The Tampa Bay Rays spend significantly less on payroll than some of the wealthier teams in Major League Baseball, but get results that are sometimes better than those that wildly overspend. The Tampa Bay Rays success boils down to two things – understanding how to be a hedgehog, and continual application of statistics and analytics into daily processes.
Greek poet Archilochus once said: “The fox knows many things, but the hedgehog knows one big thing.” Many interpretations of this phrase exist, but one characterization is the singular focus on a particular discipline, practice or vision.
According to a Sports Illustrated article “The Rays Way”, while Major League Baseball teams such as the Los Angeles Angels load up on heavy hitters such as Albert Pujols and Josh Hamilton, the Tampa Bay Rays instead have a hedgehog-like and almost maniacal spotlight on pitching.
For example, SI writer Tom Verducci says “The Rays are to pitching what Google is to algorithms.” In essence, the Rays have codified methods (on how to raise up young pitchers and injury prevention techniques) and daily processes (including exclusive stretching and strengthening routines) into a holistic philosophy of “pitching first”.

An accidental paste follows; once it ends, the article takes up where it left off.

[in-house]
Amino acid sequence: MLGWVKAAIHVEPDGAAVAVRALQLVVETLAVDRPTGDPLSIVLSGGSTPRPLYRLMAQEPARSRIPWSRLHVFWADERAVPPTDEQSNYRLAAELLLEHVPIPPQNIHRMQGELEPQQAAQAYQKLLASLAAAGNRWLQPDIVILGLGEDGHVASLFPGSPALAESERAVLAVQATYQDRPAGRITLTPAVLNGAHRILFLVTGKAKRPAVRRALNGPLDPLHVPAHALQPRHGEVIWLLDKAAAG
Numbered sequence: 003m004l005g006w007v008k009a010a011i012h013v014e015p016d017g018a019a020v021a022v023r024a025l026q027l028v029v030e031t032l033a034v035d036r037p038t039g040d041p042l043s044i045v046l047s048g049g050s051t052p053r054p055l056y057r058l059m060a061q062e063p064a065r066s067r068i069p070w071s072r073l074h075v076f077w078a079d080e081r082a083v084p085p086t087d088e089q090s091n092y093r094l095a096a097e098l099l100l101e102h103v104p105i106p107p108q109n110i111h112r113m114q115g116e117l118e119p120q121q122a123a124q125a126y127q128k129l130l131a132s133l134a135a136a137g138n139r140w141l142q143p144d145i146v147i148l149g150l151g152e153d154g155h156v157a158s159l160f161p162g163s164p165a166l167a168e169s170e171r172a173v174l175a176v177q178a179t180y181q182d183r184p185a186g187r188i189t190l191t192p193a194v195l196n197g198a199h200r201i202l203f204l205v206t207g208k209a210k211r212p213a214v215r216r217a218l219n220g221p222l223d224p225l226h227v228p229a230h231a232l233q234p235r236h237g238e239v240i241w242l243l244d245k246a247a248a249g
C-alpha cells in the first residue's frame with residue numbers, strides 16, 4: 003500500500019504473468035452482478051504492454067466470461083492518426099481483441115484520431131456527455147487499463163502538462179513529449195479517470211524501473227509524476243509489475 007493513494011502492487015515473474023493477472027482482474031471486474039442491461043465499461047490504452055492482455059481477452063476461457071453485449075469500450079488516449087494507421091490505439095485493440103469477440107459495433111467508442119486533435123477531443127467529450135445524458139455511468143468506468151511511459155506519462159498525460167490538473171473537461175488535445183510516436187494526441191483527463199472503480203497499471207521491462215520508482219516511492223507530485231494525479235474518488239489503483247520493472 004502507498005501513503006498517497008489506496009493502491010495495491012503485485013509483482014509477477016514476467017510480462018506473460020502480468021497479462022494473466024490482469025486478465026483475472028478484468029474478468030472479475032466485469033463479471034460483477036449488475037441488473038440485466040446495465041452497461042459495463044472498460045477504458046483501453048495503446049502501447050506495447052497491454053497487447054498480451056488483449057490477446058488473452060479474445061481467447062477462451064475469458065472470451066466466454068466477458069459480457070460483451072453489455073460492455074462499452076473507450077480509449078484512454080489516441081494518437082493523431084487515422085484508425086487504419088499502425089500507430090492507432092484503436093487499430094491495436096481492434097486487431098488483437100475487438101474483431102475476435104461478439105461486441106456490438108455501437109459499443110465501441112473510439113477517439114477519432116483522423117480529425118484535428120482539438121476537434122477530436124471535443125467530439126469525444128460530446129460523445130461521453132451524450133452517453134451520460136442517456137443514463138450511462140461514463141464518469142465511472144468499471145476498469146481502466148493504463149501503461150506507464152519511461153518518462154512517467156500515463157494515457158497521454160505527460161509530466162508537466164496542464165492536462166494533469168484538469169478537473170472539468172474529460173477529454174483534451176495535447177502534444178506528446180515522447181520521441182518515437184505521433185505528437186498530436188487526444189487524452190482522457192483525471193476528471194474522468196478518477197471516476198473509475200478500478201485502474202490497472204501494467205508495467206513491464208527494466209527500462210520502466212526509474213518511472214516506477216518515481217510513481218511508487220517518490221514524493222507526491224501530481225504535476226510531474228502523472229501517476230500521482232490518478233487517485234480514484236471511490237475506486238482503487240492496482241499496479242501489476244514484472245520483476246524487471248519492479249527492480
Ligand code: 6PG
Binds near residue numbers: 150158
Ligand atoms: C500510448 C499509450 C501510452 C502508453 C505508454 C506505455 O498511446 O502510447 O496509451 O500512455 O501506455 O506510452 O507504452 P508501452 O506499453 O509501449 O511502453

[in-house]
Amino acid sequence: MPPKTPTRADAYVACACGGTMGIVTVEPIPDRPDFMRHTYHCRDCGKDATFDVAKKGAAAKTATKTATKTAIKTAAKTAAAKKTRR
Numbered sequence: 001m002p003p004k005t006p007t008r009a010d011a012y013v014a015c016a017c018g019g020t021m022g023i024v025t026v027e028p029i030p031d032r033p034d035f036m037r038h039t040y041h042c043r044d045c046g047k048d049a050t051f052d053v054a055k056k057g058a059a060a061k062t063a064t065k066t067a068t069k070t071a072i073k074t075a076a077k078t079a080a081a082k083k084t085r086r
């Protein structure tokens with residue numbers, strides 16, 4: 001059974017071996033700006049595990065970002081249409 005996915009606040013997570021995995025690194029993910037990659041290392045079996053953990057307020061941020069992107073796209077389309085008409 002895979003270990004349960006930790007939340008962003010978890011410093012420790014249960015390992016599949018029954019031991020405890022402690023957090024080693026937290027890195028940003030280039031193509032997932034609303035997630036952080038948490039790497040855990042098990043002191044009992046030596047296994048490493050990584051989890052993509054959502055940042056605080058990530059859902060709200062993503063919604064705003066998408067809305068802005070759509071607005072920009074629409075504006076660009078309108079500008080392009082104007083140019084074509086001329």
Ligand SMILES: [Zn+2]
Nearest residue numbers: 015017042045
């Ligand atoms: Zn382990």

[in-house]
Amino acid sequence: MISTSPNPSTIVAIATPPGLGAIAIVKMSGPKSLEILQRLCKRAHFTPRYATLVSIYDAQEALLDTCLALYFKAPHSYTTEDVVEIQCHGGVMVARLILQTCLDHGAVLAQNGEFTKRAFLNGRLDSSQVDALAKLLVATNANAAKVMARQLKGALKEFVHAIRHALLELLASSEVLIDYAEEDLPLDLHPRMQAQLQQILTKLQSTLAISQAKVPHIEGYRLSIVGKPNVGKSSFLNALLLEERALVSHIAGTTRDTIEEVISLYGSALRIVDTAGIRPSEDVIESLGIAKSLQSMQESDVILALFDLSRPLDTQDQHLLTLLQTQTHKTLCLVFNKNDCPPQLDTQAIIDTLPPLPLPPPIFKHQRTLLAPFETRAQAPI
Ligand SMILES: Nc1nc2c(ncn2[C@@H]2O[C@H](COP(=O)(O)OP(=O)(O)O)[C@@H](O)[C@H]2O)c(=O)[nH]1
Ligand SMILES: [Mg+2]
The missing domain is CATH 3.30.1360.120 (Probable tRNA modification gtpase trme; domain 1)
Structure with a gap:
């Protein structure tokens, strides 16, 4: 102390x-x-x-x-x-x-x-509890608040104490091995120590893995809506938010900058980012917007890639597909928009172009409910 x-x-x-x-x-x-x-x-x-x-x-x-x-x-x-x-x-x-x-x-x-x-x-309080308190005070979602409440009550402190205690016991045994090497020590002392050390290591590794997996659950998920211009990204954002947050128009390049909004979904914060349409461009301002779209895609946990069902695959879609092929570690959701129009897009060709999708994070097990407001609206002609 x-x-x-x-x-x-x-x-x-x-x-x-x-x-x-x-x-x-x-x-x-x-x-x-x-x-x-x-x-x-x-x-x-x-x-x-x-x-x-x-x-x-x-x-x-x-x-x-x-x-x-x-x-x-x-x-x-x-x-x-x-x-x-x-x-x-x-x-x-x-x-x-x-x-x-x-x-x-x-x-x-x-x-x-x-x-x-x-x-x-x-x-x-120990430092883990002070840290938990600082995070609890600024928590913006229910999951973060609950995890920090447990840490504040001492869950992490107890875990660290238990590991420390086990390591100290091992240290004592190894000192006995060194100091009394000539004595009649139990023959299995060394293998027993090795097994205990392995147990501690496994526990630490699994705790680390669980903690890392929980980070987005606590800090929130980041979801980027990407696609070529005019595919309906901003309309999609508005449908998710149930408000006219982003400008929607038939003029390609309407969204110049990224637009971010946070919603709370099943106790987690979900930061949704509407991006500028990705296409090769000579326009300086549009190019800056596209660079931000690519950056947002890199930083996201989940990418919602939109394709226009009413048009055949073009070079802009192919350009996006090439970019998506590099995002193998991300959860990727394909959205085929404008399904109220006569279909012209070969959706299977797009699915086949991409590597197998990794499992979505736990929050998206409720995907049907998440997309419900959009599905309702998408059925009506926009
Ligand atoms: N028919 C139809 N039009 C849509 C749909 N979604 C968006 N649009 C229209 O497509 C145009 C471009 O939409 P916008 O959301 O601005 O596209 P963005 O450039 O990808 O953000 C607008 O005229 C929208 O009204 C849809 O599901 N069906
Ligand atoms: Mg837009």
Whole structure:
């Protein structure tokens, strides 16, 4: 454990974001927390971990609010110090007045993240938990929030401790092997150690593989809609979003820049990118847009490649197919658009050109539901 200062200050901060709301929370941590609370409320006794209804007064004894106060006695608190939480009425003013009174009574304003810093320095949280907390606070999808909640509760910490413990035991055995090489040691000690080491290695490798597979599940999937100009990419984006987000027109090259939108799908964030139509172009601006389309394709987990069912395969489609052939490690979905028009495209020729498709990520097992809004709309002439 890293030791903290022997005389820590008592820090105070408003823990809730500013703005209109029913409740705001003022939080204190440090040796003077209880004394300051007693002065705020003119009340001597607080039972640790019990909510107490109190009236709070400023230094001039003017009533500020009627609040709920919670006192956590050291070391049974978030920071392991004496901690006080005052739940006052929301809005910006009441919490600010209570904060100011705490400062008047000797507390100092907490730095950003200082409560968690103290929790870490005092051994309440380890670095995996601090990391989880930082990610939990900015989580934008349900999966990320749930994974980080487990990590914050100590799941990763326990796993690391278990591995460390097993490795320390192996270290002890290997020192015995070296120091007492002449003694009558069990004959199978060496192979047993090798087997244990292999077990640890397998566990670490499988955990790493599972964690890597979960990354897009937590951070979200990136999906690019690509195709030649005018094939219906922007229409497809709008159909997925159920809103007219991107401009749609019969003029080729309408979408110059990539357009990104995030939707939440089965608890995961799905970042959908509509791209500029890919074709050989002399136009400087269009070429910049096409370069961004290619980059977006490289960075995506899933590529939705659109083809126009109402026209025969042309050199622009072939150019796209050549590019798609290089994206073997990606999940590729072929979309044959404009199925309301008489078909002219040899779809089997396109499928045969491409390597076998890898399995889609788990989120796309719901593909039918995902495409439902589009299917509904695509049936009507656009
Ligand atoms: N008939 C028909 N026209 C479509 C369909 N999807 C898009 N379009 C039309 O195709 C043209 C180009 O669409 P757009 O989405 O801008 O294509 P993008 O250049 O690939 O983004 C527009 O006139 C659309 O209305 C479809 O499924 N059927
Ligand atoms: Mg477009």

But enabling that hedgehog-like approach to pitching is a culture of measurement and analysis. To illustrate, the SI article mentions that pitchers are encouraged to have a faster delivery (no more than 1.3 seconds should elapse between a pitch and hitting the catcher’s glove). Pitchers are also instructed to throw the changeup on 15% of deliveries. And while other pitchers try and focus on getting ahead of batters, the Rays have discovered it’s the first three pitches that matter, with the third being the most important.
In terms of applying analytics, the Rays rely on a small staff of “Moneyball” statistical mavens that provide pitchers with a daily dossier of the hitters they’ll likely face, including they pitches they like and those they hate. And analytics also plays a part in how the Rays position their outfield and infielders to field balls that might otherwise go into the books as hits.
The Rays are guarded about sharing their proprietary knowledge on processes and measurement, and for good reason, as last year they had the lowest earned run average (ERA) in the American League and held batters to the lowest batting average (.228) in forty years. Even better, they’ve done this while spending ~70% less than other big market teams and winning 90+ games three years in a row. That’s nailing the hedgehog concept perfectly!
Seeing a case study like this, where a team or organization spends significantly less than competitors and gets better results, can be pretty exciting. However, an element of caution is necessary. It’s not enough to simply follow the hedgehog principle.
The strategy of a hedgehog-like “focus” can be highly beneficial, but in the case of the Tampa Bay Rays, it’s the singular focus on a critical aspect of baseball (i.e. pitching), joined with analytical processes, skilled people and the right technologies that really produce the winning combination.